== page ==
We have covered the onslaught unleashed by Democratic District Attorney John Chisholm on Governor Scott Walker and conservatives in Wisconsin many, many times.

We note the obsessive nature of the investigation, and how it seemed that Chisholm found the man — Scott Walker — and was searching for the crime.

In a blockbuster revelation, Stuart Taylor at Legal Newsline reports that Chisholm’s wife, who is a union operative, may be the motivating force, District attorney’s wife drove case against Wis. Gov. Walker, insider says:

…. Walker became a national figure in 2011, when his “Budget Repair” bill cut state spending and sharply curbed public employee unions — perhaps the biggest reversal of public union power in U.S. history. Conservatives were delighted and liberals alarmed.

Now a longtime Chisholm subordinate reveals for the first time in this article that the district attorney may have had personal motivations for his investigation. Chisholm told him and others that Chisholm’s wife, Colleen, a teacher’s union shop steward at St. Francis high school, a public school near Milwaukee, had been repeatedly moved to tears by Walker’s anti-union policies in 2011, according to the former staff prosecutor in Chisholm’s office. Chisholm said in the presence of the former prosecutor that his wife “frequently cried when discussing the topic of the union disbanding and the effect it would have on the people involved … She took it personally.”

Citing fear of retaliation, the former prosecutor declined to be identified and has not previously talked to reporters.

Chisholm added, according to that prosecutor, that “he felt that it was his personal duty to stop Walker from treating people like this.”

Chisholm was referring to Gov. Walker’s proposal – passed by the legislature in March 2011 – to require public employee unions to contribute to their retirement and health-care plans for the first time and to limit unions’ ability to bargain for non-wage benefits.

Chisholm said his wife had joined teachers union demonstrations against Walker, said the former prosecutor. The 2011 political storm over public unions was unlike any previously seen in Wisconsin. Protestors crowded the State Capitol grounds and roared in the Rotunda. Picketers appeared outside of Walker’s private home. There were threats of boycotts and even death to Walker’s supporters. Two members of the Wisconsin Supreme Court almost came to blows. Political ad spending set new records. Wisconsin was bitterly divided.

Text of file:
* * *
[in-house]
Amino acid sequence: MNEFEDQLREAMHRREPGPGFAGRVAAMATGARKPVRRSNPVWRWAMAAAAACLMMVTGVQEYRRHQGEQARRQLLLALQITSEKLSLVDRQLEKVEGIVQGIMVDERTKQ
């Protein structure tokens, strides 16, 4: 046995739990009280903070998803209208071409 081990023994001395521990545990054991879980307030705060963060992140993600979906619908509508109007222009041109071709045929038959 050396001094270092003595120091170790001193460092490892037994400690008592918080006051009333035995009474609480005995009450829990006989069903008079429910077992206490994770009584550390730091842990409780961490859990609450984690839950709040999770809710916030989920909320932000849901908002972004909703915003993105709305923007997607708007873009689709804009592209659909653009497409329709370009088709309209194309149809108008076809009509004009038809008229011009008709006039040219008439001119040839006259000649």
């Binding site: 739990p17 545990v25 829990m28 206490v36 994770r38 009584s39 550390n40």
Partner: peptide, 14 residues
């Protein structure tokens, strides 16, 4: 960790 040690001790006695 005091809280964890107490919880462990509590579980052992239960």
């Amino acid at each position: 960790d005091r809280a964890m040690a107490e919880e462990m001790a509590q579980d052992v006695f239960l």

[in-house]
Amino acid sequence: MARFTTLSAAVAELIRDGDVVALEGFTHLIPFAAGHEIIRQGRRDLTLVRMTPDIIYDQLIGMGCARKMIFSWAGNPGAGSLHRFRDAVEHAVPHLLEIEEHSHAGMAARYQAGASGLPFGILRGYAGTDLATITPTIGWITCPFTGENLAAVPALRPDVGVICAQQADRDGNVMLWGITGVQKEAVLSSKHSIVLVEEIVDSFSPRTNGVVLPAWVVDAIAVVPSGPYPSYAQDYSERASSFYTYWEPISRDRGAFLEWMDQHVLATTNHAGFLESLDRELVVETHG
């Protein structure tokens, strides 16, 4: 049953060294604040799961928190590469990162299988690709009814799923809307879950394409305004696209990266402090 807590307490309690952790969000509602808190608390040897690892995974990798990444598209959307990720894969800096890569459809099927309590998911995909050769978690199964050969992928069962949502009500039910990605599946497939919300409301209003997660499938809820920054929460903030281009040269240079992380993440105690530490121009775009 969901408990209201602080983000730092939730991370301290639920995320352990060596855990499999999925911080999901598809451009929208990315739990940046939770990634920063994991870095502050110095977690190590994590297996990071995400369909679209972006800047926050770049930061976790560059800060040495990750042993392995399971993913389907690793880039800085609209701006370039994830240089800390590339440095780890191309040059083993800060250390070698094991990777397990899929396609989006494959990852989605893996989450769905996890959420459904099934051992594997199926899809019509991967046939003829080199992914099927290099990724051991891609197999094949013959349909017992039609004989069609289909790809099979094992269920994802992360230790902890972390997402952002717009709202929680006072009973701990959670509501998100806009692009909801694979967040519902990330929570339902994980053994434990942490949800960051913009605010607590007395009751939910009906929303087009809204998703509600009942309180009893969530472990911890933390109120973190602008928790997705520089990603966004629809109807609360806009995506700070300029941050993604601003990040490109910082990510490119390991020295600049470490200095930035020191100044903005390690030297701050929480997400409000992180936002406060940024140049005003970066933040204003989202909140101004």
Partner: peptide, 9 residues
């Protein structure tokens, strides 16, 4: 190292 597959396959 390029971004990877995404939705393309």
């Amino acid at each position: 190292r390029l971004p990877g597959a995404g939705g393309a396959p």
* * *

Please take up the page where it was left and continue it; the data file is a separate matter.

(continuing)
Still, Chisholm’s private displays of partisan animus stunned the former prosecutor. “I admired him [Chisholm] greatly up until this whole thing started,” the former prosecutor said. “But once this whole matter came up, it was surprising how almost hyper-partisan he became … It was amazing … to see this complete change.”

The culture in the Milwaukee district attorney’s office was stoutly Democratic, the former prosecutor said, and become more so during Gov. Walker’s battle with the unions. Chisholm “had almost like an anti-Walker cabal of people in his office who were just fanatical about union activities and unionizing. And a lot of them went up and protested. They hung those blue fists on their office walls [to show solidarity with union protestors] … At the same time, if you had some opposing viewpoints that you wished to express, it was absolutely not allowed.”

This revelation comes the very day there is an appeal being argued in the 7th Circuit Court of Appeals in a lawsuit brought by two of the targets of the investigation.

A federal court District Judge enjoined the John Doe proceeding and allowed the lawsuit to continue against the prosecutors in their individual capacities (since technically, they were acting as investigators not prosecutors and therefore cannot claim immunity).

At a minimum, there needs to be a criminal investigation of how the John Doe assault on Walker and conservatives was launched and whether politics was the motivation.


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